From George Orwell to George Floyd: The shift in thinking about police use of body-worn cameras

So much has changed since the mid-2000s when the idea of police wearing body-worn cameras (BWCs) was first contemplated. At that time, there was widespread public outcry, fueled by fears that we were marching ever closer to the fictional surveillance state of George Orwell’s 1984. In recent years, there has been a remarkable shift in public attitudes towards the use of this technology by police. We are currently in the midst of a global movement calling for greater transparency and accountability of police services in the wake of much-publicized civilian deaths that have occurred during encounters with police.

With a view to addressing this notable shift in public sentiment and advancing our strategic priority of Next-Generation Law Enforcement, today the IPC released a model governance framework for the use of body-worn cameras by police. The framework builds on earlier guidance for the use of body-worn cameras by law enforcement authorities issued by the federal, provincial, and territorial privacy commissioners in 2015. It was further informed by our office’s consultations with the Toronto Police Service and its oversight board as they prepared to launch their full BWC program earlier this year.

The model governance framework is aimed at helping Ontario’s police services design effective BWC programs that support their public safety objectives while respecting fundamental rights of the communities they serve. Specifically, the governance framework aims to enhance transparency and accountability of police-civilian encounters — including use of force by police — while at the same time ensuring that the public’s reasonable expectations of privacy will be protected from the unwarranted gaze of the state in both private dwellings and public spaces.

The framework starts with the basic proposition that BWCs should only be used to capture specific investigative or enforcement-related incidents involving direct interactions between police officers and members of the public. BWCs should not be used secretly nor constantly turned on as instruments of mass or generalized surveillance.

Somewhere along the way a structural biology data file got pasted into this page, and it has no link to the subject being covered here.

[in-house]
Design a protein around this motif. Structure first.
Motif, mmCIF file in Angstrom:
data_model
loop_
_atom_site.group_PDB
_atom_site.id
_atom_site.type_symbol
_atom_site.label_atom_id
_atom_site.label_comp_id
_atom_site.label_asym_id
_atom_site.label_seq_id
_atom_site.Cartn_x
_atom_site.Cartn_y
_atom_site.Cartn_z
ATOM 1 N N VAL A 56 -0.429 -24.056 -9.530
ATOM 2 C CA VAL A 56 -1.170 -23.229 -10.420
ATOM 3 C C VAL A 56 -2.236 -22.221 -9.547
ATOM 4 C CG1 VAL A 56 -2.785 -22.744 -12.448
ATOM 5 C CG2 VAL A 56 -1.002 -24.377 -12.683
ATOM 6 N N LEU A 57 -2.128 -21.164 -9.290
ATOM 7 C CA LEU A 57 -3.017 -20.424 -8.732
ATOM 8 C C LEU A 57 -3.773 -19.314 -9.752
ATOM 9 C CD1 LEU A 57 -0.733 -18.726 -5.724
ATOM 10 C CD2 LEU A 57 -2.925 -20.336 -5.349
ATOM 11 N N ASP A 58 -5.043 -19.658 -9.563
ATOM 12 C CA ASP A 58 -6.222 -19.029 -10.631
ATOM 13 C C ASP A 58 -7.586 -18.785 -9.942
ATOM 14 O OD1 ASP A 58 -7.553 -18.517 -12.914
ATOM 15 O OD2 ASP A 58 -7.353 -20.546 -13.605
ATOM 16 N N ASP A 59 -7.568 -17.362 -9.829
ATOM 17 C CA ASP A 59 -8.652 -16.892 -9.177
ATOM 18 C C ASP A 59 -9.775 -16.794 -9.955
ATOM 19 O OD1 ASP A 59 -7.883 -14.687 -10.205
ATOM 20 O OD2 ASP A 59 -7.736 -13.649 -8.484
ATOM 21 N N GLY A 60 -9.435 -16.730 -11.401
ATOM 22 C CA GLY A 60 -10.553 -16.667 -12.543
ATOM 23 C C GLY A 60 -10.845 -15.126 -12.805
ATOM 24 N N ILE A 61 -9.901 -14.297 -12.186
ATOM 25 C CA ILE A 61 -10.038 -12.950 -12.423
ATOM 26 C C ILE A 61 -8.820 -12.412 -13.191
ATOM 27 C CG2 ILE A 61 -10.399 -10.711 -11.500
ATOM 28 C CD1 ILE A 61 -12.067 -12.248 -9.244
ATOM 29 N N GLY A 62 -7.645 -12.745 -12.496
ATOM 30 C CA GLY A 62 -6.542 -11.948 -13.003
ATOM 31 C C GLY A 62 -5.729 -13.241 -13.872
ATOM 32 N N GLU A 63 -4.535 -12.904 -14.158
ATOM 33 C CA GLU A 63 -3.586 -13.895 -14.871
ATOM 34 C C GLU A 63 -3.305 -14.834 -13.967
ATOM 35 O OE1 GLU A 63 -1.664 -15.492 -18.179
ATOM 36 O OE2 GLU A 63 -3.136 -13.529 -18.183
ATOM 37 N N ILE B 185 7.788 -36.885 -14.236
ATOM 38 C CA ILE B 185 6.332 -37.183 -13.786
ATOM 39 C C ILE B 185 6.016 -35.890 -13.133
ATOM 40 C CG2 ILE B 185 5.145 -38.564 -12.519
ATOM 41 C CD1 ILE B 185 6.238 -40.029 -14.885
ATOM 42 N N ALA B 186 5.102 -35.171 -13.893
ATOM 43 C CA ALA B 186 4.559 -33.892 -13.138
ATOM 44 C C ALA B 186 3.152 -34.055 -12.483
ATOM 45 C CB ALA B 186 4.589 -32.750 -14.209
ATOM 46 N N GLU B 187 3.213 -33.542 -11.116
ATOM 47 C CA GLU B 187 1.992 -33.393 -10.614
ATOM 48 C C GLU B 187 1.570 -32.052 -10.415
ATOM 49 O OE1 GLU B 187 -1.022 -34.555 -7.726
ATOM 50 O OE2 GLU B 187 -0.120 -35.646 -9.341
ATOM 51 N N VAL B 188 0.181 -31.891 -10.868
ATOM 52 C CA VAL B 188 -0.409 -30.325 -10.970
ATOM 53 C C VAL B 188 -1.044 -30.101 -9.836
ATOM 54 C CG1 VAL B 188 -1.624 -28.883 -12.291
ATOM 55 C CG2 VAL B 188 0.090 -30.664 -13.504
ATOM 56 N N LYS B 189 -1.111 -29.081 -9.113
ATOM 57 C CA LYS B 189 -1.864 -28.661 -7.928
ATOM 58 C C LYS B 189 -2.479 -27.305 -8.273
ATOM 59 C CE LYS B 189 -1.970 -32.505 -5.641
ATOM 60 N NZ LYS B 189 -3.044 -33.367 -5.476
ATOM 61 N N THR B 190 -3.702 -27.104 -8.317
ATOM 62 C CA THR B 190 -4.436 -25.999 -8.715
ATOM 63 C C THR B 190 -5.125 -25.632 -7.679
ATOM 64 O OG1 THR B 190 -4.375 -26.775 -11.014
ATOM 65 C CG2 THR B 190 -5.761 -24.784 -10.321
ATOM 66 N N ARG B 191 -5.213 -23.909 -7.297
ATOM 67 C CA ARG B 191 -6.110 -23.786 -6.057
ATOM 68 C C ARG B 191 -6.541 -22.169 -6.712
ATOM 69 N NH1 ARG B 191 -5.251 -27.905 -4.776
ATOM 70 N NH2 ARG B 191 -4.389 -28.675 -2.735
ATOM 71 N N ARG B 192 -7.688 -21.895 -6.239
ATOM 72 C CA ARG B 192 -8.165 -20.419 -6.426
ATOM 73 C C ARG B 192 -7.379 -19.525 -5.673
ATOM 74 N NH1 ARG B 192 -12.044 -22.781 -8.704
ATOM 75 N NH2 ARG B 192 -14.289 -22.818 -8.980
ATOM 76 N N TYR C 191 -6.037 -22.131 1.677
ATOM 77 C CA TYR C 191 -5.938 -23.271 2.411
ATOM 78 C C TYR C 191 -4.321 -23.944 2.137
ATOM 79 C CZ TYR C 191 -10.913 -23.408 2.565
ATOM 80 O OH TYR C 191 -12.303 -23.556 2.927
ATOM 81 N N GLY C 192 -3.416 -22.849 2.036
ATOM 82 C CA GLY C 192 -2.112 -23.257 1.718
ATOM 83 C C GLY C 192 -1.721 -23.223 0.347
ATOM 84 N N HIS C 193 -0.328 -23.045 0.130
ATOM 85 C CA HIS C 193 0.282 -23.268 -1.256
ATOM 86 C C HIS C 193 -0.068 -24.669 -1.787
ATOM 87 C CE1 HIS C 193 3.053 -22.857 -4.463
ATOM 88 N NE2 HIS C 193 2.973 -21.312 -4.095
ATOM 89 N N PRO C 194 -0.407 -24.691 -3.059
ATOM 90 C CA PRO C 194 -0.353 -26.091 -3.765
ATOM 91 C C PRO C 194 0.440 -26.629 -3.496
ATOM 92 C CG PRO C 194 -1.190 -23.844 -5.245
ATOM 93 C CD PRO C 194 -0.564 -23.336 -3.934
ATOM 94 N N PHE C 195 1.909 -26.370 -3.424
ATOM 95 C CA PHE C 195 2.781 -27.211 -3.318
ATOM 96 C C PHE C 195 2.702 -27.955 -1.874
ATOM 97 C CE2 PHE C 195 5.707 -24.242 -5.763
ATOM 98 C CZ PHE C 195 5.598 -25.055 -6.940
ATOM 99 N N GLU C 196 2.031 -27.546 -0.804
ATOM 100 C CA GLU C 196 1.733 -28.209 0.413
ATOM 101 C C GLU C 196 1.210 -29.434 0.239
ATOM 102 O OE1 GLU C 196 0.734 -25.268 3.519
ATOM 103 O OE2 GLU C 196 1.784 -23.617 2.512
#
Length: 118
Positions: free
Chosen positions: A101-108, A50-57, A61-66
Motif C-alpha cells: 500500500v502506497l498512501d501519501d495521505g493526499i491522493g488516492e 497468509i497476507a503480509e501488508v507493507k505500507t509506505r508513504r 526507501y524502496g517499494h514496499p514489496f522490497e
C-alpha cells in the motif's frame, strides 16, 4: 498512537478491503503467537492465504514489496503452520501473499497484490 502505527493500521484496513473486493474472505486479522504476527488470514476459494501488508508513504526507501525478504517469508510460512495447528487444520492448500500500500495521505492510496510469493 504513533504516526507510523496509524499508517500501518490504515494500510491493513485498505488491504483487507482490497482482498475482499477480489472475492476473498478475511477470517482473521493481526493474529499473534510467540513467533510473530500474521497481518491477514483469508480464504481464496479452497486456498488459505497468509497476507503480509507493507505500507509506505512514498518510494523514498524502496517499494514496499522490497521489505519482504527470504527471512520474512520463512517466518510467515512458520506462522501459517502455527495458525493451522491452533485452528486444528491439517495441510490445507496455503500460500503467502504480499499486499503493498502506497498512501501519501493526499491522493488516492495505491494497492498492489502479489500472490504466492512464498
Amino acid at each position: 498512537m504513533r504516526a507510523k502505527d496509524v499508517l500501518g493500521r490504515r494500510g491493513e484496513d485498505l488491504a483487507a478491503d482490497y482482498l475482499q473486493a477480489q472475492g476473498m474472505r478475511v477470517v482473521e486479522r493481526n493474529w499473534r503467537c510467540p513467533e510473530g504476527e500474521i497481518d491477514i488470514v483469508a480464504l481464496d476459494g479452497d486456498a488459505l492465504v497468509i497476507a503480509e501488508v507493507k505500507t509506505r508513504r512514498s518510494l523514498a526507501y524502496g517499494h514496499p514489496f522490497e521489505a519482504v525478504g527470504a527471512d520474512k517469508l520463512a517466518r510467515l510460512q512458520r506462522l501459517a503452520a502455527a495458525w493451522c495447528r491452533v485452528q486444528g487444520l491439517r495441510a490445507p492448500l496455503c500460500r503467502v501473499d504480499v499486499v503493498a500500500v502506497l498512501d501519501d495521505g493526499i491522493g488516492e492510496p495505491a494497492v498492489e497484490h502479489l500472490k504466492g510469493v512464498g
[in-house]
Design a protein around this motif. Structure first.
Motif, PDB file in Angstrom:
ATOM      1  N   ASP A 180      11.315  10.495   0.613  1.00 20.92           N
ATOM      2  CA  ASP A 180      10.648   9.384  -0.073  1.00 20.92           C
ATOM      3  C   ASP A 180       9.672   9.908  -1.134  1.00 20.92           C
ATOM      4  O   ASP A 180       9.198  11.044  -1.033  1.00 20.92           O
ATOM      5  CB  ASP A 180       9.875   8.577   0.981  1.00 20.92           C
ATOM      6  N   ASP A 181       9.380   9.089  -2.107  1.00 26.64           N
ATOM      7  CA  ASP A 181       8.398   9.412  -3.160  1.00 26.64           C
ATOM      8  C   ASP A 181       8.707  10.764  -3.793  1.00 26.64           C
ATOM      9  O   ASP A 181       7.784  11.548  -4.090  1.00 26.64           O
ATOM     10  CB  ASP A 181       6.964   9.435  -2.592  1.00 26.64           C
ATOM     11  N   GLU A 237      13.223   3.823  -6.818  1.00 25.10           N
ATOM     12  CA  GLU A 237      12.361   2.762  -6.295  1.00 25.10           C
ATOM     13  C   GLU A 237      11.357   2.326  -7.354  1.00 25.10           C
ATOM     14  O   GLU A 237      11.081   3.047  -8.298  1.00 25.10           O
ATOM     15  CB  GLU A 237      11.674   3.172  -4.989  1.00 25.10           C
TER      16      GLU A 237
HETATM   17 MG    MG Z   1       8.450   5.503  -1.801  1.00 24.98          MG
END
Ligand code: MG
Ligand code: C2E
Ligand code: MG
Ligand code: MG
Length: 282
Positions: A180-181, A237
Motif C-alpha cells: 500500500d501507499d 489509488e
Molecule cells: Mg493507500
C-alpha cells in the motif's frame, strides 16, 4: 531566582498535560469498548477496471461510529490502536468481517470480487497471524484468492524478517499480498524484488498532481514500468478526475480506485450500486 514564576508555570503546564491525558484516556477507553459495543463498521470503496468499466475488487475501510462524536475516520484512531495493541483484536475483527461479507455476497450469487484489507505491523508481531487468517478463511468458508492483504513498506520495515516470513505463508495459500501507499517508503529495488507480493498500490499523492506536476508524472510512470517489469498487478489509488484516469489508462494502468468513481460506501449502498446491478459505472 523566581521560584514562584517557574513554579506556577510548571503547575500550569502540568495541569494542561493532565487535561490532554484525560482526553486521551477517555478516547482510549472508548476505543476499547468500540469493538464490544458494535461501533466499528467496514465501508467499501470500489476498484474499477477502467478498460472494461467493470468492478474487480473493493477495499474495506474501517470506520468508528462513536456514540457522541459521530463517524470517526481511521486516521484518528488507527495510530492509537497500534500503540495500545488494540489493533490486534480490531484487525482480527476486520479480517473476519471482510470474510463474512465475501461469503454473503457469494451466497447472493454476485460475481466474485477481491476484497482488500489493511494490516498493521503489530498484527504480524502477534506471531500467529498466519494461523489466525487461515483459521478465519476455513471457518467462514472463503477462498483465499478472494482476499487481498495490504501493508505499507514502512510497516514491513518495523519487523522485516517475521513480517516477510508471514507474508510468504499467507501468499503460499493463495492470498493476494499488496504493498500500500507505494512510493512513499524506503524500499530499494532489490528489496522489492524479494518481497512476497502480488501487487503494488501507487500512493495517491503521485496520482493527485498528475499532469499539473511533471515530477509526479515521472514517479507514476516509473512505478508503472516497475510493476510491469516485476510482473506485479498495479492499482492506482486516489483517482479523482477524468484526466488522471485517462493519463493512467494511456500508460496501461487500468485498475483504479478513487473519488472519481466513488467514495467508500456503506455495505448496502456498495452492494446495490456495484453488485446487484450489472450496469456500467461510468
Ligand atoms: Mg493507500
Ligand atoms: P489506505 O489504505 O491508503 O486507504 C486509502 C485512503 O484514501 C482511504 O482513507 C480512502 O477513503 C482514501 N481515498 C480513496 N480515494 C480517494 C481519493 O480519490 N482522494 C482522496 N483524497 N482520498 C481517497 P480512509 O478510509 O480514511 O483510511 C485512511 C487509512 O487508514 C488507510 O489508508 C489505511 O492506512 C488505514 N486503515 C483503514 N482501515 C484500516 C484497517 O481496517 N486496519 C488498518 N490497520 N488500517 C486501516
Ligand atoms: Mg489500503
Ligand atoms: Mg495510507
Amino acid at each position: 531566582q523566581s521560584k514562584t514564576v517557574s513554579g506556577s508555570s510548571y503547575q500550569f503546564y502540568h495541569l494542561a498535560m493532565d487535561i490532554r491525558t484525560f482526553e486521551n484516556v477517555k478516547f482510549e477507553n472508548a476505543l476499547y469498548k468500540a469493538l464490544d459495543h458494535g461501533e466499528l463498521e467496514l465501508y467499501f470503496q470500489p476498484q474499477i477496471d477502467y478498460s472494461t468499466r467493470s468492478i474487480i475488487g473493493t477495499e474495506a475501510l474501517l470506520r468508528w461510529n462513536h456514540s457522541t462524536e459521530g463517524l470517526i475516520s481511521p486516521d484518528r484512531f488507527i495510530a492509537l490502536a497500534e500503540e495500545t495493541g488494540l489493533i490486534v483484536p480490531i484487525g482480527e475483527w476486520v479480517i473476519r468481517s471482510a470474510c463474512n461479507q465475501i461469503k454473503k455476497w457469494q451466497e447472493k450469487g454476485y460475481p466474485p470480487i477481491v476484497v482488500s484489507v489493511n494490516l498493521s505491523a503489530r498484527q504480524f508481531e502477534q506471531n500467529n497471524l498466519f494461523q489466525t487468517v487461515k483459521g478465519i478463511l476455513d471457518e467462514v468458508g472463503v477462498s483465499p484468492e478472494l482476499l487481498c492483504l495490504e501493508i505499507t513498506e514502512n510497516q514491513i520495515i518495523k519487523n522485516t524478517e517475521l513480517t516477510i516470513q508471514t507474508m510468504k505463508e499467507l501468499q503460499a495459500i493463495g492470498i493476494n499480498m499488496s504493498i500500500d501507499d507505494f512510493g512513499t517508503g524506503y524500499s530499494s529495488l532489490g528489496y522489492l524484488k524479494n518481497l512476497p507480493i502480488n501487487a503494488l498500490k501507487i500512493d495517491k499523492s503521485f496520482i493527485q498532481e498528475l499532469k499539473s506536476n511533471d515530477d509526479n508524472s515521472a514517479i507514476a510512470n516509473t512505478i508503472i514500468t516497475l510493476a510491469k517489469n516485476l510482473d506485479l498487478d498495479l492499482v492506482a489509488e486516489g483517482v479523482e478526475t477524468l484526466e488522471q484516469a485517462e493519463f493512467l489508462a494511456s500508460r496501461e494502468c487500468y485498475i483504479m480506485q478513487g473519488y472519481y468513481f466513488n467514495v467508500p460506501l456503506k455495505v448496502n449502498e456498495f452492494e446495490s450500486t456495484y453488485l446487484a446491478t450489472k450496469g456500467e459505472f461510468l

The framework also calls upon police services to articulate, and commit to, guiding principles, including the use of BWCs in a manner that:

  • is necessary and proportionate to the purposes of the program, clearly defined
  • is transparent and accountable to the public
  • upholds the integrity of the criminal justice system and the administration of justice
  • protects individuals’ rights to information and privacy
  • treats everyone fairly and equitably
  • respects the inherent worth and dignity of human beings

Among some of its key aspects, the framework strongly encourages the use of privacy impact assessments (PIAs) to identify and mitigate risks, and provides guidance on what to consider when selecting equipment vendors. It sets out clear rules for when to record and when not to record, encouraging sensitivity in special situations when the privacy and dignity of individuals are at stake, while limiting police officers’ discretion to otherwise deactivate or block cameras at whim. It limits the use and disclosure of BWC records, and requires their secure storage and destruction upon expiry of applicable retention periods. It encourages transparency of BWC records in response to access to information requests, as well as proactive release in the public interest. And, most importantly, it sets out extensive documentation, auditing, and public reporting requirements to fulfil the transparency and accountability expectations of the program.

Aside from the content of the model framework, the process leading up to its development has been highly instructive. Our office undertook months of intensive work with the Toronto Police Service and its board who were ahead of the pack in the planning and implementation of their pilot, to deployment of their full BWC program. Through this boots-on-the-ground experience, our office was able to gain a fuller appreciation of the important public safety goals, as well as the many practical considerations at play when implementing a BWC program. Lessons learned from this more granular exercise, enriched by the valuable perspectives of civil society, human rights groups, and leading academics, have led to a more informed and better balanced result than would have been the case had our office tried to develop this model governance framework alone in a vacuum.

We hope that this model governance framework will be useful to other Ontario police services as they plan and/or implement similar BWC programs to enhance their public safety objectives, and help ensure a consistent level of rights protection across the province in accordance with Ontario’s access and privacy laws.

BWCs are no cure-all but they can, if used properly, help foster the transparency and accountability that citizens have come to expect of their police officers, without crossing the boundaries of individual privacy and the basic tenets of human dignity. I encourage police services and oversight boards that are considering the use of this technology by front line officers to adopt this model governance framework as one step towards establishing a stronger relationship of trust and respect with their respective communities.

I am confident that this framework provides a potential path forward for the responsible use of BWCs by police. It will be paved by people working together with mutual commitment to enhancing transparency and accountability, while protecting privacy and other fundamental human rights.



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